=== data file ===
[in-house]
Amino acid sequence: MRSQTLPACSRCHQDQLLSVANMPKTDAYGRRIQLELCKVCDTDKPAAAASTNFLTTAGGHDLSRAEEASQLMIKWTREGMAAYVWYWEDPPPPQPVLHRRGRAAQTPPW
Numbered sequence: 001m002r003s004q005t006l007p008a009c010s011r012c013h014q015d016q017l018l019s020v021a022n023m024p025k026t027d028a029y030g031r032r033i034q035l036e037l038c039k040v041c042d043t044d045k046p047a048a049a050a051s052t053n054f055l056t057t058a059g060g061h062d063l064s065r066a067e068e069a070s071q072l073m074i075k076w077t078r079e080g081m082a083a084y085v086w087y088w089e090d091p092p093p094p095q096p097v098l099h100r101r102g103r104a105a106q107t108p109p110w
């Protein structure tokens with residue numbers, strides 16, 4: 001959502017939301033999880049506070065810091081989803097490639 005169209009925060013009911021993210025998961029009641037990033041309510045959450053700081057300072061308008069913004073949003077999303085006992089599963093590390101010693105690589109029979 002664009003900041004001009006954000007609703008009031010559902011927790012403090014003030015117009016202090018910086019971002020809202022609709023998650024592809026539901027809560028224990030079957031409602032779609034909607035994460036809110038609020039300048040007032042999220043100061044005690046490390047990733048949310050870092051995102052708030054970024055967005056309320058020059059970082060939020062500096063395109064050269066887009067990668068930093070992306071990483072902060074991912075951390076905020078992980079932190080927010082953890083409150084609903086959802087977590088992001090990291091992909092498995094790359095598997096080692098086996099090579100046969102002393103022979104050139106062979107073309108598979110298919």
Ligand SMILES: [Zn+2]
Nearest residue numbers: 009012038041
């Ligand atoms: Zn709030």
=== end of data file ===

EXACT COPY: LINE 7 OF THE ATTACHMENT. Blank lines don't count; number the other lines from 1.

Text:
């Ligand atoms: Zn709030």